Sunday, September 7, 2014

I walked by the canal



                           Ash Lock, Basingstoke Canal, UK


The canals of my childhood
Were dismal places of neglect
Their towpaths meandering

Disused locks were forgotten
Wild horses grazed on the banks
Whose crumbling edges spilled over

Wild flowers and plants bloomed on
Thrusting their flowers at me
And picked for mother at home

I met Jenny at this spot
And love rose for the first time
Signalling adolescence

When I finally lost her 
T'was a bullet to my heart
The first of many to come

The sadness of my childhood
Is recalled seeing it now
With a ball drifting midstream

Image from www.wikimedia.commons.org

20 comments:

  1. The near canal? Or the far canal? Yours was a long childhood of unrequited love, it seems!

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  2. I love the flower picked for mother...a little light and love mixed in with the dark canal...and the passage of time...and loss...

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  3. Love can just drift along if allowed to find its own course. It'll rise or fall seeking its own levels like water! Great lines old egg!

    Hank

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  4. Loss twas a bullet to my heart.....very full of emotion. Good job.

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  5. Memories resurrected from a place, good and bad ones combined to birth this great poem.

    Then I read your confession above...and realized if you can lie this well you really are a good writer!

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  6. Emotional poem...it's interesting how our triggers work...time passes and then suddenly some little or not detail able to restore the feeling seemed dead...~ Very reflective, peaceful with love - your poem.

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  7. Yes, this is very reflective, Old Egg. Nicely done.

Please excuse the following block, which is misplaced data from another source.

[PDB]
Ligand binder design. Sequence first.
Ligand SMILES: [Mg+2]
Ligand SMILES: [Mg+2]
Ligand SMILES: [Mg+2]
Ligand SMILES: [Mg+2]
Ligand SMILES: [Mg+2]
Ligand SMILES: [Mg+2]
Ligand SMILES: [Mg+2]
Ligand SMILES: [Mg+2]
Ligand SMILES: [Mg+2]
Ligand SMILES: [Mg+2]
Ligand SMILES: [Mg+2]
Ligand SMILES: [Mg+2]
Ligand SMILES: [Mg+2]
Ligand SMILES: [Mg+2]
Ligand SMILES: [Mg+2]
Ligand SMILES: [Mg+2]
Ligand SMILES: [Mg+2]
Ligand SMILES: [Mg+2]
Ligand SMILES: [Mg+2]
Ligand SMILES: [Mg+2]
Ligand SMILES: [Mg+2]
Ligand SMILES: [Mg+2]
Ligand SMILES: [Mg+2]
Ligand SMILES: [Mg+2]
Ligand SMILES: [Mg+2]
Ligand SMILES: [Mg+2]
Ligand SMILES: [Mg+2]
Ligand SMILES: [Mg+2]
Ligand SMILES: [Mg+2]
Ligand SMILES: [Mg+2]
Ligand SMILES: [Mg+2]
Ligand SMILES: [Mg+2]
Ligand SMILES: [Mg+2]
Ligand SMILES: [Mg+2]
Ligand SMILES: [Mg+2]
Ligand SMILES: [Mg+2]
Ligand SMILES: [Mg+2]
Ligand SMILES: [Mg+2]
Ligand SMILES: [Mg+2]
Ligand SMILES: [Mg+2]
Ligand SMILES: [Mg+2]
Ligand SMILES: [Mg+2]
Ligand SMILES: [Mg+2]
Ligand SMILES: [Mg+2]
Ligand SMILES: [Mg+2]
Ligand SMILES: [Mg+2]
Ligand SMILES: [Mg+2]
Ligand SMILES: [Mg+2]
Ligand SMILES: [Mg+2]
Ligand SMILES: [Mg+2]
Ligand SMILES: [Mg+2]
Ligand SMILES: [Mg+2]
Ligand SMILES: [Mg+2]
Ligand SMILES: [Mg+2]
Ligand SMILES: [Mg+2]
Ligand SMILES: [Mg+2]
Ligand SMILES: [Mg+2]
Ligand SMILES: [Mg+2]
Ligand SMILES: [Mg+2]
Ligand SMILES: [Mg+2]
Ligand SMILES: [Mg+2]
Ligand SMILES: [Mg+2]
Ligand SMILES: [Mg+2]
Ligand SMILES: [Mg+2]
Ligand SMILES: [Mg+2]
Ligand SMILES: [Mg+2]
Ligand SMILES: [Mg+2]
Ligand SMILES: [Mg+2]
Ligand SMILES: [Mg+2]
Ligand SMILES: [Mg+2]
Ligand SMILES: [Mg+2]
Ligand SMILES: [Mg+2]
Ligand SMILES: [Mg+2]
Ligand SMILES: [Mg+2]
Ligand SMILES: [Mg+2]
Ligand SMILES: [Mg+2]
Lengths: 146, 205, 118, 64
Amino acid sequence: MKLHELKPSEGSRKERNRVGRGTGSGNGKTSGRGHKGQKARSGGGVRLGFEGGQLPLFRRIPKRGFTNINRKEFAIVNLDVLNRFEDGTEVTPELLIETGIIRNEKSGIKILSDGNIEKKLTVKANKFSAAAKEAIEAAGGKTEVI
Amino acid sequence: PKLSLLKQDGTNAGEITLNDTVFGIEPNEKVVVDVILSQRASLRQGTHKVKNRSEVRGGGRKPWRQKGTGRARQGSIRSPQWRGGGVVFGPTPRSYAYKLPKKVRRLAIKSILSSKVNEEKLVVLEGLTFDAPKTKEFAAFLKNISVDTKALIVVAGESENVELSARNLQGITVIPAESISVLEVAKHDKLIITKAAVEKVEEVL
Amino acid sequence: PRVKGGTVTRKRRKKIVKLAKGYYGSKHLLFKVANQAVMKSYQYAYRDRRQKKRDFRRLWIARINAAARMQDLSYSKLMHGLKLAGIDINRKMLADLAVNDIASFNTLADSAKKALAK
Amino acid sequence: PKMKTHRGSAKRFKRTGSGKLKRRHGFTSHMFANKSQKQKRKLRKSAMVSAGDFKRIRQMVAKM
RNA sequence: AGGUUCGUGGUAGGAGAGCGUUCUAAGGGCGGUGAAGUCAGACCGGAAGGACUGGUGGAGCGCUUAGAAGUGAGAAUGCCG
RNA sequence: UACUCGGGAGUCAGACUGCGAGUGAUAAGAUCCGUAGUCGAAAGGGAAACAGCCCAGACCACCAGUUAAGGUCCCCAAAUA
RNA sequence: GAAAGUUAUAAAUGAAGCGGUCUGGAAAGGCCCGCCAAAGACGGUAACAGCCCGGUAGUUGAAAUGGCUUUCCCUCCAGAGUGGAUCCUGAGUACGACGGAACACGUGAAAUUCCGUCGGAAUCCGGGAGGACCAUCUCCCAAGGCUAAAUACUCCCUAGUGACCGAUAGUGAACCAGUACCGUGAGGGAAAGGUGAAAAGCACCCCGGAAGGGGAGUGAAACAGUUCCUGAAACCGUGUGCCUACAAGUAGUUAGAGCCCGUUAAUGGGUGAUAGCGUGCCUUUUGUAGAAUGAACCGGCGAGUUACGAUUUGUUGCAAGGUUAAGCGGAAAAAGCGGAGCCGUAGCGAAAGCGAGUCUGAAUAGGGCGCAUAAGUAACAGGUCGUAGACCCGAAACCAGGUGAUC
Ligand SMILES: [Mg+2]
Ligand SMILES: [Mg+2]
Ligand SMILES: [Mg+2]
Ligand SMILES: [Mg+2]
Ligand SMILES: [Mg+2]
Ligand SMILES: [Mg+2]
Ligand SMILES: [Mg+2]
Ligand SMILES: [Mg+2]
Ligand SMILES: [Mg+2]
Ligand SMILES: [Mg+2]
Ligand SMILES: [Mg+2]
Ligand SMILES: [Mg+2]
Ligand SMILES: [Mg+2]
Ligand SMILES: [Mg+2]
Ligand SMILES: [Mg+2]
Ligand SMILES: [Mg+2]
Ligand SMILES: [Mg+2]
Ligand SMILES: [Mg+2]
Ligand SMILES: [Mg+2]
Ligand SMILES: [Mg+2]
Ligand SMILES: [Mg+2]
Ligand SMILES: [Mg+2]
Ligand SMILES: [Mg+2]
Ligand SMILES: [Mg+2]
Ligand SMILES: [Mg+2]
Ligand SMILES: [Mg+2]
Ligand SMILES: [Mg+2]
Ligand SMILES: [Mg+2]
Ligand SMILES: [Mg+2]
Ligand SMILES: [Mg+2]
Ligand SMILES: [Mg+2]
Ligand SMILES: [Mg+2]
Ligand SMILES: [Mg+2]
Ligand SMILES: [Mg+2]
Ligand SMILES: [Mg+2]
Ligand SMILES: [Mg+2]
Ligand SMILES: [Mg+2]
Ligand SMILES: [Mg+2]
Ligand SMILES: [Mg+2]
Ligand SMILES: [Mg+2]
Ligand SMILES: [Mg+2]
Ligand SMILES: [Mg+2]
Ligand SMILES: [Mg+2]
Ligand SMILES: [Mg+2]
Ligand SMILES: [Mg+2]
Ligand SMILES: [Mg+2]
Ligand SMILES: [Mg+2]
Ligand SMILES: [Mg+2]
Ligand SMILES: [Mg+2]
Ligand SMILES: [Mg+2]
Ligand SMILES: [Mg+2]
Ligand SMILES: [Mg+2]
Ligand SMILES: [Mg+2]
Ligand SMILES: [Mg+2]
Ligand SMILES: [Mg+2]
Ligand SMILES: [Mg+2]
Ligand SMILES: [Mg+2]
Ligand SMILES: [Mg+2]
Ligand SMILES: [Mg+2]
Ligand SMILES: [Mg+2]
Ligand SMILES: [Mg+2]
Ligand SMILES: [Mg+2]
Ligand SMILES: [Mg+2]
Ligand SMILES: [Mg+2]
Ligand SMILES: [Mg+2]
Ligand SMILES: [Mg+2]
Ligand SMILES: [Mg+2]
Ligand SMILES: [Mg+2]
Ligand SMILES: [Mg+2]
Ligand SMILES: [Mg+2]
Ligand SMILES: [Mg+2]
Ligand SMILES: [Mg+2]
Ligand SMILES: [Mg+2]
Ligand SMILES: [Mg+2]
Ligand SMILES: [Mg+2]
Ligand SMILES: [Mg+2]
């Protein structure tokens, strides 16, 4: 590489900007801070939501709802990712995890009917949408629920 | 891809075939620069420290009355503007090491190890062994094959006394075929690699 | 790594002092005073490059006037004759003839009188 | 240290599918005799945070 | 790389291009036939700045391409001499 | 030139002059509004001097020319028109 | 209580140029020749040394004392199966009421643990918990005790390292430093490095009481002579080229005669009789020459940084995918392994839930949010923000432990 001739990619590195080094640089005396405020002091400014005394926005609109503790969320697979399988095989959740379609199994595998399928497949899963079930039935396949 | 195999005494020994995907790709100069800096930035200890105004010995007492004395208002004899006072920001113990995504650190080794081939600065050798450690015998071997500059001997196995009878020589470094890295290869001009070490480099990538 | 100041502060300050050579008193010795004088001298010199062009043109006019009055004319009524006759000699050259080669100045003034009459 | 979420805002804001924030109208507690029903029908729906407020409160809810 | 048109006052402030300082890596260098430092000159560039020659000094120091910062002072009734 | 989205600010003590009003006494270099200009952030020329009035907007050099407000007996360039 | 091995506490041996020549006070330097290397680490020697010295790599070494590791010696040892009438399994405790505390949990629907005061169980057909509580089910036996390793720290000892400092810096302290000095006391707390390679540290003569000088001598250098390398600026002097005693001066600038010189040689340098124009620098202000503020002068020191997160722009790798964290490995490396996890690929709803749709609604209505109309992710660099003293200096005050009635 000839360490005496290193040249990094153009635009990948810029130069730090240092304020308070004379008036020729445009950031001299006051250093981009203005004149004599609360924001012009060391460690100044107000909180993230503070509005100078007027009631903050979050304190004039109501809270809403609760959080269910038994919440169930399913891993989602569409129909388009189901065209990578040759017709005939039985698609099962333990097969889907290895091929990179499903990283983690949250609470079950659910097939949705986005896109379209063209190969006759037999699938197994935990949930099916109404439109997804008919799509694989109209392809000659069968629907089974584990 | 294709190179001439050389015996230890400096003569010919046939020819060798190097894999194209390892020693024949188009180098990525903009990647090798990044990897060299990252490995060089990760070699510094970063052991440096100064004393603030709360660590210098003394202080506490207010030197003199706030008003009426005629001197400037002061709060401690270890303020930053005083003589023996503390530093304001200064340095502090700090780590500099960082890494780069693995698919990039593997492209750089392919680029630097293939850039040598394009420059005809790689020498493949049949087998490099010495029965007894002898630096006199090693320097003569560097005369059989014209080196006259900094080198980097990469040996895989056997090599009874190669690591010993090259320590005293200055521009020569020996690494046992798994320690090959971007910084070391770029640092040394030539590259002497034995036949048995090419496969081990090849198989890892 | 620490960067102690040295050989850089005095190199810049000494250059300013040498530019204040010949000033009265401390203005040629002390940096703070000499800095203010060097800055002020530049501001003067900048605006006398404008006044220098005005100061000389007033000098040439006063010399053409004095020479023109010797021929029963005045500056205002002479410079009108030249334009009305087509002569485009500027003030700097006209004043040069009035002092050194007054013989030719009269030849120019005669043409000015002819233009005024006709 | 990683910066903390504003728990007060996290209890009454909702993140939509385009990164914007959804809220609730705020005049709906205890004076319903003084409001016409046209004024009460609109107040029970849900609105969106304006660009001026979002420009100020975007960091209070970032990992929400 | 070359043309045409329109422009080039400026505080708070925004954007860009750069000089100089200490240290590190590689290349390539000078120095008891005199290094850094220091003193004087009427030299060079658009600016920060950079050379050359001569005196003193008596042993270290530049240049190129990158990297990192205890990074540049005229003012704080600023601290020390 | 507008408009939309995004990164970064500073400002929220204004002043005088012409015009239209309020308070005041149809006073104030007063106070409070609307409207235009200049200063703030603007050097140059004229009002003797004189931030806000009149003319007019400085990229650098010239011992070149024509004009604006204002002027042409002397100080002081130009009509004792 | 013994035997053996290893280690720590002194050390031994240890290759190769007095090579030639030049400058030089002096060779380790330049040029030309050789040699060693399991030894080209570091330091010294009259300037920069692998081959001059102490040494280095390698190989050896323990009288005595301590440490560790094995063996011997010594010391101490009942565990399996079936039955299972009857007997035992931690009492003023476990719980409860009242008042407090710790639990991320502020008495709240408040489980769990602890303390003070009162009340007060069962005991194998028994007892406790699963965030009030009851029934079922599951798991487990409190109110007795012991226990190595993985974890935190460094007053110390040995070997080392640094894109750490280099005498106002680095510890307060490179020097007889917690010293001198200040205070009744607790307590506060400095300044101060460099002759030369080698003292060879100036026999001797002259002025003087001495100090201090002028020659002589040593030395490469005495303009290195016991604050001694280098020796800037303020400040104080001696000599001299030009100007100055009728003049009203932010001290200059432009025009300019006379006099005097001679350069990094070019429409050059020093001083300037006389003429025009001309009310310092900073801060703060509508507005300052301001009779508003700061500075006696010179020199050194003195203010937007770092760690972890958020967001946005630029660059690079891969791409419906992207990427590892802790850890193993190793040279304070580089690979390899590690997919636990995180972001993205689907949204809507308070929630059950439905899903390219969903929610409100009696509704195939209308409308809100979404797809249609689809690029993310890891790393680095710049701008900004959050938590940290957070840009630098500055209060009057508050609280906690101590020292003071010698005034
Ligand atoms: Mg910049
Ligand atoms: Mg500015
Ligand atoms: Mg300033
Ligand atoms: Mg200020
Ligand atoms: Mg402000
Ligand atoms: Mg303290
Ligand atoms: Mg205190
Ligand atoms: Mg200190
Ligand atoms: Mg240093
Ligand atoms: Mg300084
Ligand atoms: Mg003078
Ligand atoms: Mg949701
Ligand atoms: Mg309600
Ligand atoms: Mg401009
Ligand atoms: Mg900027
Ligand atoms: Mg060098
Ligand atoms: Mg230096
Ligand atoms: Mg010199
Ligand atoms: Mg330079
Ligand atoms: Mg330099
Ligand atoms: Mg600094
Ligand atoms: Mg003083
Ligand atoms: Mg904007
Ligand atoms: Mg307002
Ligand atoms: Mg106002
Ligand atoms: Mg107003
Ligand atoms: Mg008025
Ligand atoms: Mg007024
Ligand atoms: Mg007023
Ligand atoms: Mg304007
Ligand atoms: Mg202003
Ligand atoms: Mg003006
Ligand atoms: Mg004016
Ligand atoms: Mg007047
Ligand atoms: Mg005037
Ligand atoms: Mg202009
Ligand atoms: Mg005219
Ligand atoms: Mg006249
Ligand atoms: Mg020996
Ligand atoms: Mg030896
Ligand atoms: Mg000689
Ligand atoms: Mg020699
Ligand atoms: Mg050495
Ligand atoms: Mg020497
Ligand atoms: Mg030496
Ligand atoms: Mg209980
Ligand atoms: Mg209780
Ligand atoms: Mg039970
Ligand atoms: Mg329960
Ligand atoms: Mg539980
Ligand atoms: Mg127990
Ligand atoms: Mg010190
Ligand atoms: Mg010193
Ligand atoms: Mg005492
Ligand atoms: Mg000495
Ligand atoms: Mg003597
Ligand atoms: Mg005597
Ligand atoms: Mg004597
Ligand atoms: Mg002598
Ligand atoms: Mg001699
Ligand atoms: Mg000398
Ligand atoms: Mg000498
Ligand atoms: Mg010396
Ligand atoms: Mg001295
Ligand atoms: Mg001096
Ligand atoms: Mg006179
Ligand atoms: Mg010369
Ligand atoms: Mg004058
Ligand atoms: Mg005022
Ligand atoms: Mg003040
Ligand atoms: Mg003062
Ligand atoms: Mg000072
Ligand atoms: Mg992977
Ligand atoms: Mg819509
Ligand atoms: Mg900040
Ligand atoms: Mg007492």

Pamela

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  8. Very good, especially the last stanza .

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  9. Such a lovely mental image. Near my uncle's house in Connecticut is a rail-trail (do you have those in Australia?) that travels beside the old canal. First the canal was built, then the train tracks, of course. After both technologies fell into disuse, it was made into a 'linear park" where one can run, walk or ride a bike by the restored canal, in the shade of the tall trees. Ducks sometimes leave their banks and wander the trail as well. The canal locks have been restored as educational spots. It's all quite lovely and whenever I visit my uncle, I make a point of getting up early and going there for an early morning run.

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    1. There is a walking and cycle track along the old railway reserve south of Adelaide that as a bonus traverses the wine making region of McLaren Vale. Now that is a bonus!

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  10. The first two lines, intentionally or not, have such a deeper double meaning that the whole thing starts off with a depth of profundity. And, I love the nostalgia that a simple ball drifting midstream can evoke....that's how nostalgia often works.

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  11. What a vivid image you've painted. So melancholic so alive.

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  12. Aren't you glad the canals are mostly now restored and bustling places of beauty and leisure? I'm sorry about your love life - it sounds painful.

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    1. Please note reply to first comment Viv! (p.s. I loved cycling along the canal banks around Meaux in 1952!)

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  13. A barge load of emotion in your piece! As for your picture, I walked along the canal at Basingstoke back in July!

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  14. Another visual treat. Thanks for the ride.

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  15. In childhood, it is just such places that call to us and we remember them for very different reasons. Your poem made me think of a very different sort of place from my own childhood. Thank you,

    Elizabeth

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  16. Chris' and I cycled to Odiham, checked out the castle, then wandered the canal for a while. The Basingstoke Canal Association have done much good work in restoring it to good condition now.

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  17. your verse is full of ache and vivid images of what caused it.

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